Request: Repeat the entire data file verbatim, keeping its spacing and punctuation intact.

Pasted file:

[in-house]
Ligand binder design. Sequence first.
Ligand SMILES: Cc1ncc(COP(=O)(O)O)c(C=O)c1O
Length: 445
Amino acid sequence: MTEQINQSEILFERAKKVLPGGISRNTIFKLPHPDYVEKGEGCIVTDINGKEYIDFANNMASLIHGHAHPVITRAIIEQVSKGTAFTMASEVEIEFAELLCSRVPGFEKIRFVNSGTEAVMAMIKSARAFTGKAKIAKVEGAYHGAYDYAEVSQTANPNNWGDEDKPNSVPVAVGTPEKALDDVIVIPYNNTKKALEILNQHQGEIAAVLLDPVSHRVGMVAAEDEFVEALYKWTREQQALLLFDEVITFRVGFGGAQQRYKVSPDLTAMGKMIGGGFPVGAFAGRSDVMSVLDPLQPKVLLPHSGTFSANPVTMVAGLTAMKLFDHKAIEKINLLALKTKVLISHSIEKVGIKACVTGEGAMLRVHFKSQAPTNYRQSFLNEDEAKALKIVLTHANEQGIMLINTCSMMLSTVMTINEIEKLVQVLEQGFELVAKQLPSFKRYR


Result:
[in-house]
Ligand binder design. Sequence first.
Ligand SMILES: Cc1ncc(COP(=O)(O)O)c(C=O)c1O
Length: 445
Amino acid sequence: MTEQINQSEILFERAKKVLPGGISRNTIFKLPHPDYVEKGEGCIVTDINGKEYIDFANNMASLIHGHAHPVITRAIIEQVSKGTAFTMASEVEIEFAELLCSRVPGFEKIRFVNSGTEAVMAMIKSARAFTGKAKIAKVEGAYHGAYDYAEVSQTANPNNWGDEDKPNSVPVAVGTPEKALDDVIVIPYNNTKKALEILNQHQGEIAAVLLDPVSHRVGMVAAEDEFVEALYKWTREQQALLLFDEVITFRVGFGGAQQRYKVSPDLTAMGKMIGGGFPVGAFAGRSDVMSVLDPLQPKVLLPHSGTFSANPVTMVAGLTAMKLFDHKAIEKINLLALKTKVLISHSIEKVGIKACVTGEGAMLRVHFKSQAPTNYRQSFLNEDEAKALKIVLTHANEQGIMLINTCSMMLSTVMTINEIEKLVQVLEQGFELVAKQLPSFKRYR